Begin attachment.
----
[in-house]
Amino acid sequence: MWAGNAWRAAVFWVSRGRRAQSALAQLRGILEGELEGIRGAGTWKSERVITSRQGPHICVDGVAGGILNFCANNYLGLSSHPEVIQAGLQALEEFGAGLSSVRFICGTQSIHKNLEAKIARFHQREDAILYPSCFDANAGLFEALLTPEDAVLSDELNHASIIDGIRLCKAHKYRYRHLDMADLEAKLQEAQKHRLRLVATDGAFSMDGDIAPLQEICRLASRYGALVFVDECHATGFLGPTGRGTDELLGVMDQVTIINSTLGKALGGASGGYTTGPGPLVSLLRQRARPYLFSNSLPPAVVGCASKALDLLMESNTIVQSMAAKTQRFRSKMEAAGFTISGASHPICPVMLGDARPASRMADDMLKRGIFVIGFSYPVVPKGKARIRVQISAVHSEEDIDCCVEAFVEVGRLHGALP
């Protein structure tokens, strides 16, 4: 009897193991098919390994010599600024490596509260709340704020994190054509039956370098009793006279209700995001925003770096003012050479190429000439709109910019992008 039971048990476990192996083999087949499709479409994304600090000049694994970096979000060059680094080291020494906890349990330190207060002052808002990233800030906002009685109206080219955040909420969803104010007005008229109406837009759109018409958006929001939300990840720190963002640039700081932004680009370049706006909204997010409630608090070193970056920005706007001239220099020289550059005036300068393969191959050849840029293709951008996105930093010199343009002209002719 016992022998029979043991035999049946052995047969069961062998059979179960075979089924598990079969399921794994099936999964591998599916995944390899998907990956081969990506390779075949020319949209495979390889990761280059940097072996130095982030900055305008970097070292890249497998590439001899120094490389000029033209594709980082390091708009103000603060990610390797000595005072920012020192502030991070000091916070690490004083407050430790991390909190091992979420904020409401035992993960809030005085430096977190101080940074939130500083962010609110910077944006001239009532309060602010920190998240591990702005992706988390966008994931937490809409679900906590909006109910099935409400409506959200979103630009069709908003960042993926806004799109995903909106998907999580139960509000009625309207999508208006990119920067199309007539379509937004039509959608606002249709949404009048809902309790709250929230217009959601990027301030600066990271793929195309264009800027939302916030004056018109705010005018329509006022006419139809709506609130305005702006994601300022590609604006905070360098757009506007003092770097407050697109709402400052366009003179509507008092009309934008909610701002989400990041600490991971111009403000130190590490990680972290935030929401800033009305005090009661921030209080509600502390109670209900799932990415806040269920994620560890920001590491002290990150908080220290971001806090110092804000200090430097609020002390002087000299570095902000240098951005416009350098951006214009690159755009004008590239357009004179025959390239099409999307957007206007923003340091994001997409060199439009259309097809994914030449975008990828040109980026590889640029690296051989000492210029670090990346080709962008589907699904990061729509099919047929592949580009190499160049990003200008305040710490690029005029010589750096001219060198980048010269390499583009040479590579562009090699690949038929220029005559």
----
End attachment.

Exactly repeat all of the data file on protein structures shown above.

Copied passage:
[in-house]
Amino acid sequence: MWAGNAWRAAVFWVSRGRRAQSALAQLRGILEGELEGIRGAGTWKSERVITSRQGPHICVDGVAGGILNFCANNYLGLSSHPEVIQAGLQALEEFGAGLSSVRFICGTQSIHKNLEAKIARFHQREDAILYPSCFDANAGLFEALLTPEDAVLSDELNHASIIDGIRLCKAHKYRYRHLDMADLEAKLQEAQKHRLRLVATDGAFSMDGDIAPLQEICRLASRYGALVFVDECHATGFLGPTGRGTDELLGVMDQVTIINSTLGKALGGASGGYTTGPGPLVSLLRQRARPYLFSNSLPPAVVGCASKALDLLMESNTIVQSMAAKTQRFRSKMEAAGFTISGASHPICPVMLGDARPASRMADDMLKRGIFVIGFSYPVVPKGKARIRVQISAVHSEEDIDCCVEAFVEVGRLHGALP
């Protein structure tokens, strides 16, 4: 009897193991098919390994010599600024490596509260709340704020994190054509039956370098009793006279209700995001925003770096003012050479190429000439709109910019992008 039971048990476990192996083999087949499709479409994304600090000049694994970096979000060059680094080291020494906890349990330190207060002052808002990233800030906002009685109206080219955040909420969803104010007005008229109406837009759109018409958006929001939300990840720190963002640039700081932004680009370049706006909204997010409630608090070193970056920005706007001239220099020289550059005036300068393969191959050849840029293709951008996105930093010199343009002209002719 016992022998029979043991035999049946052995047969069961062998059979179960075979089924598990079969399921794994099936999964591998599916995944390899998907990956081969990506390779075949020319949209495979390889990761280059940097072996130095982030900055305008970097070292890249497998590439001899120094490389000029033209594709980082390091708009103000603060990610390797000595005072920012020192502030991070000091916070690490004083407050430790991390909190091992979420904020409401035992993960809030005085430096977190101080940074939130500083962010609110910077944006001239009532309060602010920190998240591990702005992706988390966008994931937490809409679900906590909006109910099935409400409506959200979103630009069709908003960042993926806004799109995903909106998907999580139960509000009625309207999508208006990119920067199309007539379509937004039509959608606002249709949404009048809902309790709250929230217009959601990027301030600066990271793929195309264009800027939302916030004056018109705010005018329509006022006419139809709506609130305005702006994601300022590609604006905070360098757009506007003092770097407050697109709402400052366009003179509507008092009309934008909610701002989400990041600490991971111009403000130190590490990680972290935030929401800033009305005090009661921030209080509600502390109670209900799932990415806040269920994620560890920001590491002290990150908080220290971001806090110092804000200090430097609020002390002087000299570095902000240098951005416009350098951006214009690159755009004008590239357009004179025959390239099409999307957007206007923003340091994001997409060199439009259309097809994914030449975008990828040109980026590889640029690296051989000492210029670090990346080709962008589907699904990061729509099919047929592949580009190499160049990003200008305040710490690029005029010589750096001219060198980048010269390499583009040479590579562009090699690949038929220029005559």